Writing Space

My YouTube feed has been showing these videos about authors’ workspaces (Writers and Their Writing Desks. There was no ‘typical’ set-up and while I was jealous of the large offices with fantastic panoramas, I smiled when I saw that Stephen King worked in an attic and Ray Bradbury (one of my favorites) worked what looked like an unfinished basement.

Which is exactly where I write – an unheated corner of the basement with heating ducts (top of picture) and water pipes (just in view on the left side). It is also my office as a university lecturer and with repeated transitions to remote learning, my teaching podium.

The desk itself is what is left of a computer desk bought in the 1980s. It was unfinished lumber, but now has a patina of spilled coffee, various ink explosions, and the sheen you get from decades of human contact. The left side is for writing and drawing with an array of fountain pens and colored pencils at hand. My laptop is in the middle with my planner (still handwritten) and notepad on the right. Inspiration for my historical fiction comes from the framed magazine pages on the wall (it separates me from our crawlspace).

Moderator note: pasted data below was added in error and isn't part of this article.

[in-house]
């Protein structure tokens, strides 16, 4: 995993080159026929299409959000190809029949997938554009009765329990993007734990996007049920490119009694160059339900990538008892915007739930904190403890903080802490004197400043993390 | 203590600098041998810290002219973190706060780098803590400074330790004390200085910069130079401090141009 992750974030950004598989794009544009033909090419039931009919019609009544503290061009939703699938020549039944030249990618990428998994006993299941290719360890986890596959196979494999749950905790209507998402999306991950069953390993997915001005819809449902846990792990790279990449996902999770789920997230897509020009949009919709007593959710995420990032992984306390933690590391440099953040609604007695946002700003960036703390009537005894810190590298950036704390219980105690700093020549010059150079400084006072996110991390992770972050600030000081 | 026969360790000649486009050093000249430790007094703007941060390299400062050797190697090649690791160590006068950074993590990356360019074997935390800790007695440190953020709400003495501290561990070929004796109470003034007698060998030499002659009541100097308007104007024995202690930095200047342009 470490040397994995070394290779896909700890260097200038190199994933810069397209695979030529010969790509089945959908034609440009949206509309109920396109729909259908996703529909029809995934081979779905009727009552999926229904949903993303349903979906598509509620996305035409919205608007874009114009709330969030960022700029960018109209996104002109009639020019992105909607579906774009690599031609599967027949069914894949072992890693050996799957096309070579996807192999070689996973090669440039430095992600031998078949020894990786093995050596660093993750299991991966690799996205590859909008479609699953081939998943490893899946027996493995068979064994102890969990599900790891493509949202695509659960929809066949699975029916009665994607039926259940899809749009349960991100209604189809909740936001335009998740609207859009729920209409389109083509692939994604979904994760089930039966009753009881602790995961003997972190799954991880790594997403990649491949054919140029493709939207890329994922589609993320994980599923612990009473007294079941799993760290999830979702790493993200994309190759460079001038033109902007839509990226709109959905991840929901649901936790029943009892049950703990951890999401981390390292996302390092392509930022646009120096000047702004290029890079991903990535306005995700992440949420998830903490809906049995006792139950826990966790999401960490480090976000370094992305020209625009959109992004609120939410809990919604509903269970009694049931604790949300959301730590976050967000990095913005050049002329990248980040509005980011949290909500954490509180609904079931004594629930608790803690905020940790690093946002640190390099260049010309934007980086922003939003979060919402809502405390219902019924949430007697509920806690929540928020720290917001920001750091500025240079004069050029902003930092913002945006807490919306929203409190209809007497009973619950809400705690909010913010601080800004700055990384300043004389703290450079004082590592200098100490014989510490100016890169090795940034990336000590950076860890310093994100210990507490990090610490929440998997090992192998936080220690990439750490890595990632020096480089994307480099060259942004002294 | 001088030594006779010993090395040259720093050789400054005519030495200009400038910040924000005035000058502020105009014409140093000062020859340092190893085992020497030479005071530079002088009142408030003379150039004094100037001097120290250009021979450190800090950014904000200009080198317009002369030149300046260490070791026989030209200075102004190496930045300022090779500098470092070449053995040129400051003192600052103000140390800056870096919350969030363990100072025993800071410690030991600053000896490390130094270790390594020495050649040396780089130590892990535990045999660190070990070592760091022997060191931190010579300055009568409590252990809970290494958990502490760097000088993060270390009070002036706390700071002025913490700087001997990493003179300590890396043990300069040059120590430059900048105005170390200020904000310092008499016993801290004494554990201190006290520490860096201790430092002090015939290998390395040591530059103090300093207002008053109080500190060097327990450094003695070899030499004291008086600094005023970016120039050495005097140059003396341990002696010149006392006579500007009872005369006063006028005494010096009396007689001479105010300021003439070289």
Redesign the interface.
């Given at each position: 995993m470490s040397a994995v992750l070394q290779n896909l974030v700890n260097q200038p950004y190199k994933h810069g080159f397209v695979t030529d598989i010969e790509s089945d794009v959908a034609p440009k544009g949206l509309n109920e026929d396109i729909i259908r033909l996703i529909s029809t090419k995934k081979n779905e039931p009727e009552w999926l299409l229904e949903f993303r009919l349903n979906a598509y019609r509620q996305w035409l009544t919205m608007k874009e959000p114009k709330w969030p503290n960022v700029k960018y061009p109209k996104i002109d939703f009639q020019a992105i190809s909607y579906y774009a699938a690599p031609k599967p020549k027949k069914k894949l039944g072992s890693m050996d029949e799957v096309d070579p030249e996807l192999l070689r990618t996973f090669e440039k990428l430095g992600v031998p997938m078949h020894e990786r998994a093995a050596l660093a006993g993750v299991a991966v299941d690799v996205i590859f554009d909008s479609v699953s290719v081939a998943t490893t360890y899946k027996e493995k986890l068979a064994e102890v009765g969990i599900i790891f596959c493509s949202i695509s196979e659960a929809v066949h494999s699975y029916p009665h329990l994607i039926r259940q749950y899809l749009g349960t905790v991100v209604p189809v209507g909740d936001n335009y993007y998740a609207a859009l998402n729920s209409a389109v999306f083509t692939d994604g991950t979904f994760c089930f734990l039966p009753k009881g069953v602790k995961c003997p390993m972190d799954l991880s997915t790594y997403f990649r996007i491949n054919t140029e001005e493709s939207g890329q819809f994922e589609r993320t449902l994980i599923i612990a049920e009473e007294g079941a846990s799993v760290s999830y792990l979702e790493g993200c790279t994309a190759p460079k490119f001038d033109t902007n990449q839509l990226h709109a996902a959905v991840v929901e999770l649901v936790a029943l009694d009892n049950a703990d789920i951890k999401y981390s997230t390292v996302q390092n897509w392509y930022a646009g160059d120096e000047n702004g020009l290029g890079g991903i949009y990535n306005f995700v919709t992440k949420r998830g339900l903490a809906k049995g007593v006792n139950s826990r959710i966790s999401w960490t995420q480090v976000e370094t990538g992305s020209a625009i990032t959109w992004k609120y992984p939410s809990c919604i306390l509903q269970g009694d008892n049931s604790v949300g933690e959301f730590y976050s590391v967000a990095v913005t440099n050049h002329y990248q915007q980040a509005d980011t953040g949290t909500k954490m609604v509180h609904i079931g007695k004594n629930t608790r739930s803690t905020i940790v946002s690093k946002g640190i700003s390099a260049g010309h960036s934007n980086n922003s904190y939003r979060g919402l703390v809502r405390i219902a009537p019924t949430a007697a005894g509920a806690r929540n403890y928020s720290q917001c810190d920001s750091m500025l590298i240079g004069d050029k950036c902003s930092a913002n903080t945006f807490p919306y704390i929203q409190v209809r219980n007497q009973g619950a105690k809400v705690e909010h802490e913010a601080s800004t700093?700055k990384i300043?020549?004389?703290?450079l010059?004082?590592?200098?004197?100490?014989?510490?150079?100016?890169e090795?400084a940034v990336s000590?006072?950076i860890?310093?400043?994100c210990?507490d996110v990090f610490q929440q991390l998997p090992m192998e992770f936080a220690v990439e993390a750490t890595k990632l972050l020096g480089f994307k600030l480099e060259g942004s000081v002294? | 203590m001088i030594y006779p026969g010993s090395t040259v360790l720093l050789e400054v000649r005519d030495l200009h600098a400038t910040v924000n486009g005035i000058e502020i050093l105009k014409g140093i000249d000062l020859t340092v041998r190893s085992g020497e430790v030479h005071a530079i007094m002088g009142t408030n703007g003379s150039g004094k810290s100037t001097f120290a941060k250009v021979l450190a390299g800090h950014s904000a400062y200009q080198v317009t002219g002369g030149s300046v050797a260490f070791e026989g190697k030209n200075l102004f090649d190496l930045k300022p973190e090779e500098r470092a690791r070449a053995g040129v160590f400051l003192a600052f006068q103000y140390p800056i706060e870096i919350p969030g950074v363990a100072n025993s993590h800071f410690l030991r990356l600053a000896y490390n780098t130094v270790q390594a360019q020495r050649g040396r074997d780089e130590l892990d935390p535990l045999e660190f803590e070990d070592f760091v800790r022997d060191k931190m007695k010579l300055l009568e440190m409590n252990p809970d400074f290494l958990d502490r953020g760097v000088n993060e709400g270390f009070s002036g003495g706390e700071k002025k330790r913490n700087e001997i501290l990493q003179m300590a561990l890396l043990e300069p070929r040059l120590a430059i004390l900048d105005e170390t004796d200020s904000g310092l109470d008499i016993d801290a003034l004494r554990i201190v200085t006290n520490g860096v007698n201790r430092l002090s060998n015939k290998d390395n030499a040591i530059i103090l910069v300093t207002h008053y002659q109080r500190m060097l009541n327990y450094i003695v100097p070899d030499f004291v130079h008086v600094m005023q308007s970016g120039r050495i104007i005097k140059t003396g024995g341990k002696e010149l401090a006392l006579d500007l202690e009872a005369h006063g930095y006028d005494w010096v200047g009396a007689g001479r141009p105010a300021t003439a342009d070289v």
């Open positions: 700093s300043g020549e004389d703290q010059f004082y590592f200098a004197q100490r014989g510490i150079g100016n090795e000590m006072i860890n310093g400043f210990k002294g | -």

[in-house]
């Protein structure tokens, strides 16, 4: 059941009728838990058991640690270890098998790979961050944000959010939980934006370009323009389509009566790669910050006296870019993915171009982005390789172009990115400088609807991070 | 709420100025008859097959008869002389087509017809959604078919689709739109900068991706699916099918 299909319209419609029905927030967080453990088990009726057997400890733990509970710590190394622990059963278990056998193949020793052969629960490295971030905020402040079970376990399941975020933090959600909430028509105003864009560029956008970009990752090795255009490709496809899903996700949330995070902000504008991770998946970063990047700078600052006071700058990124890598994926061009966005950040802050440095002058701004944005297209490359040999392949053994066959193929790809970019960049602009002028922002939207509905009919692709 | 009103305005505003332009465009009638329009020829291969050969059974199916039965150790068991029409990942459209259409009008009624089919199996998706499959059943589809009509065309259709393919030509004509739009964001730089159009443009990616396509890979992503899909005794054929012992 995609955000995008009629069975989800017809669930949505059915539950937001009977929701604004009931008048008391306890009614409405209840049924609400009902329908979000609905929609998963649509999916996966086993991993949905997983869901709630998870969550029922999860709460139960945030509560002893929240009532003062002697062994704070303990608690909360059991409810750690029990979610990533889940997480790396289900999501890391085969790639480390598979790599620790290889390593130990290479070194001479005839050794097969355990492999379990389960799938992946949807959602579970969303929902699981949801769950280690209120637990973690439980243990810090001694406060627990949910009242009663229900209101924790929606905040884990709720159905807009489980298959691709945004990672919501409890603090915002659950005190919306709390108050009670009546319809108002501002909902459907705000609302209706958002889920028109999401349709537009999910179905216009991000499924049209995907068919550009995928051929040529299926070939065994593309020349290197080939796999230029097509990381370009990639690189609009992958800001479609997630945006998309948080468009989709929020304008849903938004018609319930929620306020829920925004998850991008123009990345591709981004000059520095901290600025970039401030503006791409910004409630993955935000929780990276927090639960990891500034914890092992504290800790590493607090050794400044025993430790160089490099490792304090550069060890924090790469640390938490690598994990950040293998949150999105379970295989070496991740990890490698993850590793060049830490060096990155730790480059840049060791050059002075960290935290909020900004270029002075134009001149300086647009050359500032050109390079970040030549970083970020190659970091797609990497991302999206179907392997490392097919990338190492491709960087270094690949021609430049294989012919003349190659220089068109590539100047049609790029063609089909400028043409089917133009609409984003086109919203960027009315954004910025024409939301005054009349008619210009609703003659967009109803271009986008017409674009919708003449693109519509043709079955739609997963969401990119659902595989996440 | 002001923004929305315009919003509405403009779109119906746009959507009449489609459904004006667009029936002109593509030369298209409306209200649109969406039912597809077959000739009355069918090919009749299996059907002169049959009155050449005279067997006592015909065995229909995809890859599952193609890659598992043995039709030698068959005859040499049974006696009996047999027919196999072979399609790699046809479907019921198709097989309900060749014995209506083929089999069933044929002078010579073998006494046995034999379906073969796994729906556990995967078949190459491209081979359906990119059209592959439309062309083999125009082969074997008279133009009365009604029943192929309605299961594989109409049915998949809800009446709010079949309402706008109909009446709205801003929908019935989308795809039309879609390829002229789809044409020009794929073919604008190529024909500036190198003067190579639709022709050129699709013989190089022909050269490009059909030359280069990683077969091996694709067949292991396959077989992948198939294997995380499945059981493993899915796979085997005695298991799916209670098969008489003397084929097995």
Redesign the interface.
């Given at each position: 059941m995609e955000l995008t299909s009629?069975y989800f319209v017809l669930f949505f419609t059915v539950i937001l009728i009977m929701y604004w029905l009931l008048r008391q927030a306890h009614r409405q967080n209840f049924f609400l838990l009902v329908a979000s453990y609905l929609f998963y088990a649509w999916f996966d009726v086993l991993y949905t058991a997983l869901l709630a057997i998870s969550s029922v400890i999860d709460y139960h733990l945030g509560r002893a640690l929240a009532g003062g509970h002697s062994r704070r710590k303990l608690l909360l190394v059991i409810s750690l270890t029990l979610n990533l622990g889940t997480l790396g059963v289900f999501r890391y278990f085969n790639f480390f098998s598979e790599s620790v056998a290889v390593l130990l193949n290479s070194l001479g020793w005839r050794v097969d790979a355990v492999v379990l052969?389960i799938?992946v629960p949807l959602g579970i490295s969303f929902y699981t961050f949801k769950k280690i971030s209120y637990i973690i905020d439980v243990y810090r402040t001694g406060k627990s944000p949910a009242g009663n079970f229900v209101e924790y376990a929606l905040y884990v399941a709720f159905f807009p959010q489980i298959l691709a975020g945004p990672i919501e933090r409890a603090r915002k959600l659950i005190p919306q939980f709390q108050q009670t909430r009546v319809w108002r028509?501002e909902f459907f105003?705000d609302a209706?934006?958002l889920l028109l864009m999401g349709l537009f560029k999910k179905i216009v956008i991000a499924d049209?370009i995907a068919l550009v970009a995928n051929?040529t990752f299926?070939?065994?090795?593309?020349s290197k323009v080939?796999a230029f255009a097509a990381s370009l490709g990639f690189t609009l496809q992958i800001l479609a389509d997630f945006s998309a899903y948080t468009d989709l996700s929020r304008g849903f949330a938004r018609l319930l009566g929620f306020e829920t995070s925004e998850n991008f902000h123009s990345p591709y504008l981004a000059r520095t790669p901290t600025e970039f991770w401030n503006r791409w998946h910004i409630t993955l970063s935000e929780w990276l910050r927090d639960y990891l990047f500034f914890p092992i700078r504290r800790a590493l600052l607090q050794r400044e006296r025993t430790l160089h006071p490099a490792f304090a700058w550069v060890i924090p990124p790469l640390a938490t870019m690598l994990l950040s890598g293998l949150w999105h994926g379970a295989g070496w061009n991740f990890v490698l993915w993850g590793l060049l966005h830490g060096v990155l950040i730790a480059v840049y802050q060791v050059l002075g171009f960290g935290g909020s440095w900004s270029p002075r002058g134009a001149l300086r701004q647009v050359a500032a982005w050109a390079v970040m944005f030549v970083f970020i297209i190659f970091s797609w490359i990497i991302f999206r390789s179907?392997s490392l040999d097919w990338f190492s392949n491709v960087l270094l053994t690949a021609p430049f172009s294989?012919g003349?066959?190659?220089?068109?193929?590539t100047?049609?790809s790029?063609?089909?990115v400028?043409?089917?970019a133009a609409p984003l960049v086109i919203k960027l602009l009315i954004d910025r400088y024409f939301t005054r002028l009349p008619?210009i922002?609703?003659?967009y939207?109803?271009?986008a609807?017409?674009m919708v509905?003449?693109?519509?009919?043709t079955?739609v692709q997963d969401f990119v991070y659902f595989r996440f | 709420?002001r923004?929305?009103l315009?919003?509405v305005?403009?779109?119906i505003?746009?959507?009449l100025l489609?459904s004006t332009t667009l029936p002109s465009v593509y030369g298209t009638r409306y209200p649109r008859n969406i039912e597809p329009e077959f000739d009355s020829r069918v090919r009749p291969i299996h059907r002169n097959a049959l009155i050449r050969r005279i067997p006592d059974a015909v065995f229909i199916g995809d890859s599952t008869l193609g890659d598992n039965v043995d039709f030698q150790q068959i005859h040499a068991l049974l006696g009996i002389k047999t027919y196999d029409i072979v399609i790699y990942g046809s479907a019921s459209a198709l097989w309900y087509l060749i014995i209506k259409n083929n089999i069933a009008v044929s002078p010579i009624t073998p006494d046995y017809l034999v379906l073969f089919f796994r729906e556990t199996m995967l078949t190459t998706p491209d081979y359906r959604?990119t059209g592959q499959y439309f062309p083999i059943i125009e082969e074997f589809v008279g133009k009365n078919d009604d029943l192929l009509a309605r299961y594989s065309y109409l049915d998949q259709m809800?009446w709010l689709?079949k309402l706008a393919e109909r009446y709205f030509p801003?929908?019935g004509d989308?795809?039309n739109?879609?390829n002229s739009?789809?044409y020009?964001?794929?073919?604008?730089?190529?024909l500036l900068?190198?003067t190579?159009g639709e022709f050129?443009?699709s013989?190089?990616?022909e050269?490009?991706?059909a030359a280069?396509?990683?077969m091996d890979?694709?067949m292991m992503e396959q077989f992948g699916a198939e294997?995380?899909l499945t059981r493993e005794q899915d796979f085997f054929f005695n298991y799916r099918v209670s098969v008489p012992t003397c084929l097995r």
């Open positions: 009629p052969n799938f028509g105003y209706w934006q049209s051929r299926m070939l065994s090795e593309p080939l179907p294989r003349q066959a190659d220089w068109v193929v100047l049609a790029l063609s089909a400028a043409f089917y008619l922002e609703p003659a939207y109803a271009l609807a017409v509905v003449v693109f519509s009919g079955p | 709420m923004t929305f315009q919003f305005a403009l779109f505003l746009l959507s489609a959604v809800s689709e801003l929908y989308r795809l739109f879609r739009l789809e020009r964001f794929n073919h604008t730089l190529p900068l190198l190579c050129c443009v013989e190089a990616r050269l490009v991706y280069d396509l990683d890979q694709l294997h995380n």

On the other side of the footlocker (which doubles as an armoire), are my references. These range from the modern to memoirs and manuals published during and immediately after the war. The prize in this collection is a bound set of The Stars and Stripes newspaper. Additional inspiration comes from the collection of postcards and trench art.

Not pictured is the Carhartt blanket that keeps me warm as I write.

So that’s my space. If you are a writer, I would like to see where you write.

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